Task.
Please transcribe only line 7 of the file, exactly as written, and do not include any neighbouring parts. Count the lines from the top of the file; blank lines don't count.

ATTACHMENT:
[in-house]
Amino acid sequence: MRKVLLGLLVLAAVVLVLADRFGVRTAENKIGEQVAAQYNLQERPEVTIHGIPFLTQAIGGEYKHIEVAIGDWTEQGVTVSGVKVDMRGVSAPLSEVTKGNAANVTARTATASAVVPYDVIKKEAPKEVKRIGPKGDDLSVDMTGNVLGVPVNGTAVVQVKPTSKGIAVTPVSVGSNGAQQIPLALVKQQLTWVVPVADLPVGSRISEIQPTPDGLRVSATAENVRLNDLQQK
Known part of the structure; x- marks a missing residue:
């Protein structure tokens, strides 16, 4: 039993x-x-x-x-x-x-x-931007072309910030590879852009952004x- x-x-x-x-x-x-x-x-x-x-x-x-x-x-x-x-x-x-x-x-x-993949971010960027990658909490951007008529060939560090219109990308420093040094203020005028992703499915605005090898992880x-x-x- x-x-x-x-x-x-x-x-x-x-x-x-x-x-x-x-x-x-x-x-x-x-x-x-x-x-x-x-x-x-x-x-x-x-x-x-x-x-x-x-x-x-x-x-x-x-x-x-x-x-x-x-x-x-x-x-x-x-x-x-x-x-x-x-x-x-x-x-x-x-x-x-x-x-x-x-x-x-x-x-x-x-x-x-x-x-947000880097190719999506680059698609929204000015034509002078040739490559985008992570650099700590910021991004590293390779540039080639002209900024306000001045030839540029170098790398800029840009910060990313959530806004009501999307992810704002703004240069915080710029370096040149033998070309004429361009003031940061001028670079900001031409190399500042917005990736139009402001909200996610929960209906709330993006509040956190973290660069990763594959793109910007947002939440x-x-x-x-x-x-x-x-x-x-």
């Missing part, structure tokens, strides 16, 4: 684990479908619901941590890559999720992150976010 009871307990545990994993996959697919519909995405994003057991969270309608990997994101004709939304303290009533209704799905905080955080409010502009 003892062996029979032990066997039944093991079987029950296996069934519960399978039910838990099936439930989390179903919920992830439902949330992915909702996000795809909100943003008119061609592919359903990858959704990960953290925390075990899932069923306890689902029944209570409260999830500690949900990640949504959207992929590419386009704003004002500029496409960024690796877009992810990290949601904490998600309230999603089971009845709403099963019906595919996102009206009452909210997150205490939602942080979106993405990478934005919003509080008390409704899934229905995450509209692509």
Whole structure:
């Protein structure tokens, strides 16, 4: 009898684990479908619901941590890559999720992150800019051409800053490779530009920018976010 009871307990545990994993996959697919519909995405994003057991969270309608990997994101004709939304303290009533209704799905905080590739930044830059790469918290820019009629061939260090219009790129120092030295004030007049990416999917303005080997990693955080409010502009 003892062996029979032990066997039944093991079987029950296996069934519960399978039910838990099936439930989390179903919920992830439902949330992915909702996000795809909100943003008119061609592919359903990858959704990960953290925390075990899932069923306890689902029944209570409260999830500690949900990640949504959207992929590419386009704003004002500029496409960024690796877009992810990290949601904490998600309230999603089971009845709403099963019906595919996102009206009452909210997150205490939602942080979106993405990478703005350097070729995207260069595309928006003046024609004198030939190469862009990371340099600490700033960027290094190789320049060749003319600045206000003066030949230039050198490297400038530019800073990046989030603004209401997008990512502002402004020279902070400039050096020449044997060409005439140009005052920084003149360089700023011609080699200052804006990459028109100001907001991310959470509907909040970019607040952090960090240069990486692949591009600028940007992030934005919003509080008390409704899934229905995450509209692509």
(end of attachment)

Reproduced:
């Protein structure tokens, strides 16, 4: 009898684990479908619901941590890559999720992150800019051409800053490779530009920018976010 009871307990545990994993996959697919519909995405994003057991969270309608990997994101004709939304303290009533209704799905905080590739930044830059790469918290820019009629061939260090219009790129120092030295004030007049990416999917303005080997990693955080409010502009 003892062996029979032990066997039944093991079987029950296996069934519960399978039910838990099936439930989390179903919920992830439902949330992915909702996000795809909100943003008119061609592919359903990858959704990960953290925390075990899932069923306890689902029944209570409260999830500690949900990640949504959207992929590419386009704003004002500029496409960024690796877009992810990290949601904490998600309230999603089971009845709403099963019906595919996102009206009452909210997150205490939602942080979106993405990478703005350097070729995207260069595309928006003046024609004198030939190469862009990371340099600490700033960027290094190789320049060749003319600045206000003066030949230039050198490297400038530019800073990046989030603004209401997008990512502002402004020279902070400039050096020449044997060409005439140009005052920084003149360089700023011609080699200052804006990459028109100001907001991310959470509907909040970019607040952090960090240069990486692949591009600028940007992030934005919003509080008390409704899934229905995450509209692509």